A small venomous Central American snake which nests in your eyelashes.
Er, no. The eyelash viper, Bothricechis schlegelii, AKA the eyelash palm pit viper, AKA Bocaracá, is a venomous snake found in the tropical and montane forests of Central America.
Also found in other places, having stowed away in shipments of bananas.
The eyelash viper is a nocturnal hunter, preying on birds, lizards, frogs, rodents, marsupials, and bats.
Wait a second. Bats?
How does a two foot long snake take out a bat?
I'm just telling you what the book says--
Does it fly?
No, the snake.
No, it doesn't fly.
So how does a snake—a small snake—they're what, two feet long, tops?
'Cause bats fly. Right? And the bats have gotta be, what, I mean, it's Central America, they must have bats the size of German Shepherds down there.
They eat the little ones.
The smaller species of bat. The bat chihuahuas.
During the day, the viper may remain motionless, perched on--
Well, no, not your eyelashes, you're not in Central America. But there are people there who have eyelashes. So these eyelash vipers perch in their eyelashes. The eyelashes of those Central Americans.
No, they perch on low-lying branches of trees, or in shrubbery or tangles of vines. Eyelash vipers are so named, because the horned ridges above their eyes give them the appearance of having eyelashes.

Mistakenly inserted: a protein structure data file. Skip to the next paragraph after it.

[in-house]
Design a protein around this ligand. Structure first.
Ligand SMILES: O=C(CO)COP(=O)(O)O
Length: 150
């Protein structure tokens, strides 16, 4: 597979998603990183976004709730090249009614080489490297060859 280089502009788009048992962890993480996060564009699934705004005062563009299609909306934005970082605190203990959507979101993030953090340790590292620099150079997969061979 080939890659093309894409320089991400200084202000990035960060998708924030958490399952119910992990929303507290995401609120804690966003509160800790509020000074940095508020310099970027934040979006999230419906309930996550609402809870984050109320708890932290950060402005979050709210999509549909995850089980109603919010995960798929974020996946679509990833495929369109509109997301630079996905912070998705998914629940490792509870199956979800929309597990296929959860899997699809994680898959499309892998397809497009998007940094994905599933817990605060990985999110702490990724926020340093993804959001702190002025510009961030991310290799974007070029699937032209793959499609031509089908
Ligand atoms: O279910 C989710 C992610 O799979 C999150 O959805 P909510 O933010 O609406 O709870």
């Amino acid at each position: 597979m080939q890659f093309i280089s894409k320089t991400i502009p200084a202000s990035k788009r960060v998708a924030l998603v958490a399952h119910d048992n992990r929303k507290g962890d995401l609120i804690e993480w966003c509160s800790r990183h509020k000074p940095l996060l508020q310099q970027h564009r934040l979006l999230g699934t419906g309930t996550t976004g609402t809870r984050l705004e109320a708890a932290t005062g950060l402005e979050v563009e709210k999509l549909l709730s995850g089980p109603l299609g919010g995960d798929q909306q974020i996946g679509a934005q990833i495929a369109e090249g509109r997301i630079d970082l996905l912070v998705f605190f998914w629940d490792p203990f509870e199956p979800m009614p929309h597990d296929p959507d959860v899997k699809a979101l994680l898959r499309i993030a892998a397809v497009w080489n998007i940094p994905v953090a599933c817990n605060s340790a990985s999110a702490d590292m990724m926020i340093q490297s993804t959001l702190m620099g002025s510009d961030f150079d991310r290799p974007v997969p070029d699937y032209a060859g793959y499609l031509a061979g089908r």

Well, riddle me this, then. If eyelash vipers don't perch in eyelashes, what do you call the vipers that do perch in eyelashes?
I have no response to that.
Anything else you can tell me?
Eyelash vipers are rough to the touch because of their keeled scales, which helps with protection from branches and vines. They have wide color variation, having been found in green, yellow, red, gray, and brown, and may have black, pink, or red markings.
Smithsonian National Zoological Park, "Eyelash Viper Fact Sheet," http://nationalzoo.si.edu/Animals/ReptilesAmphibians/Facts/FactSheets/Eyelashpalmpitviper.cfm (accessed July 16, 2013)
Leo Shapiro, "Bothriechis schlegelii BERTHOLD 1846" Encyclopedia of Life, http://eolspecies.lifedesks.org/pages/69888 (accessed July 16, 2013)
Geoffrey G. Sorrell, Diel Movement and Predation Activity Patterns of the Eyelash Palm-Pitviper (Bothriechis schlegelii), Copeia 2009(1):105-109. 2009
doi: http://dx.doi.org/10.1643/CE-06-284 (accessed July 16, 2013)